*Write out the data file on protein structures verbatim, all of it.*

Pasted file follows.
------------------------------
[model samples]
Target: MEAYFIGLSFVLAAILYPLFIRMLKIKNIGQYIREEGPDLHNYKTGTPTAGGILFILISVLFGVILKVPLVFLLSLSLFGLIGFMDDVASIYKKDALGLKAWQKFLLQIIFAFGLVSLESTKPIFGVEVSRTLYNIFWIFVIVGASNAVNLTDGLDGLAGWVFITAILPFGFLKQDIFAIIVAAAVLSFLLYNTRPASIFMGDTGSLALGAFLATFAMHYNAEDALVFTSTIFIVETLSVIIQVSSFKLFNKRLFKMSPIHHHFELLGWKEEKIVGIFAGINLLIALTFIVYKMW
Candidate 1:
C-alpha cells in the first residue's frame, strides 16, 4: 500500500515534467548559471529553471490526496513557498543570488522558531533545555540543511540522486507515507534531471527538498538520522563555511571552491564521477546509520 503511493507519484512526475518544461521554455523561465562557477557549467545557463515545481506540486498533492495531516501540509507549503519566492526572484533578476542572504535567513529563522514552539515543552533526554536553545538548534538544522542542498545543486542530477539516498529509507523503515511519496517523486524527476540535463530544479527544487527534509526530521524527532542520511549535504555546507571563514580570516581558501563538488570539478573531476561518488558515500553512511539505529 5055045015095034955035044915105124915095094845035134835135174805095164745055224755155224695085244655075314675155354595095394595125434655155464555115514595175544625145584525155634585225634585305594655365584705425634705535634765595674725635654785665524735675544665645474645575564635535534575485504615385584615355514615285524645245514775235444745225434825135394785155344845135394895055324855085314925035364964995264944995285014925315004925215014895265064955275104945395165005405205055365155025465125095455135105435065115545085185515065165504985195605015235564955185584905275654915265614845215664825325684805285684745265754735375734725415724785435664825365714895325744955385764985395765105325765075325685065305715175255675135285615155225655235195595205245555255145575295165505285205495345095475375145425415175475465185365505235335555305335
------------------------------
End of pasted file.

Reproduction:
[model samples]
Target: MEAYFIGLSFVLAAILYPLFIRMLKIKNIGQYIREEGPDLHNYKTGTPTAGGILFILISVLFGVILKVPLVFLLSLSLFGLIGFMDDVASIYKKDALGLKAWQKFLLQIIFAFGLVSLESTKPIFGVEVSRTLYNIFWIFVIVGASNAVNLTDGLDGLAGWVFITAILPFGFLKQDIFAIIVAAAVLSFLLYNTRPASIFMGDTGSLALGAFLATFAMHYNAEDALVFTSTIFIVETLSVIIQVSSFKLFNKRLFKMSPIHHHFELLGWKEEKIVGIFAGINLLIALTFIVYKMW
Candidate 1:
C-alpha cells in the first residue's frame, strides 16, 4: 500500500515534467548559471529553471490526496513557498543570488522558531533545555540543511540522486507515507534531471527538498538520522563555511571552491564521477546509520 503511493507519484512526475518544461521554455523561465562557477557549467545557463515545481506540486498533492495531516501540509507549503519566492526572484533578476542572504535567513529563522514552539515543552533526554536553545538548534538544522542542498545543486542530477539516498529509507523503515511519496517523486524527476540535463530544479527544487527534509526530521524527532542520511549535504555546507571563514580570516581558501563538488570539478573531476561518488558515500553512511539505529 5055045015095034955035044915105124915095094845035134835135174805095164745055224755155224695085244655075314675155354595095394595125434655155464555115514595175544625145584525155634585225634585305594655365584705425634705535634765595674725635654785665524735675544665645474645575564635535534575485504615385584615355514615285524645245514775235444745225434825135394785155344845135394895055324855085314925035364964995264944995285014925315004925215014895265064955275104945395165005405205055365155025465125095455135105435065115545085185515065165504985195605015235564955185584905275654915265614845215664825325684805285684745265754735375734725415724785435664825365714895325744955385764985395765105325765075325685065305715175255675135285615155225655235195595205245555255145575295165505285205495345095475375145425415175475465185365505235335555305335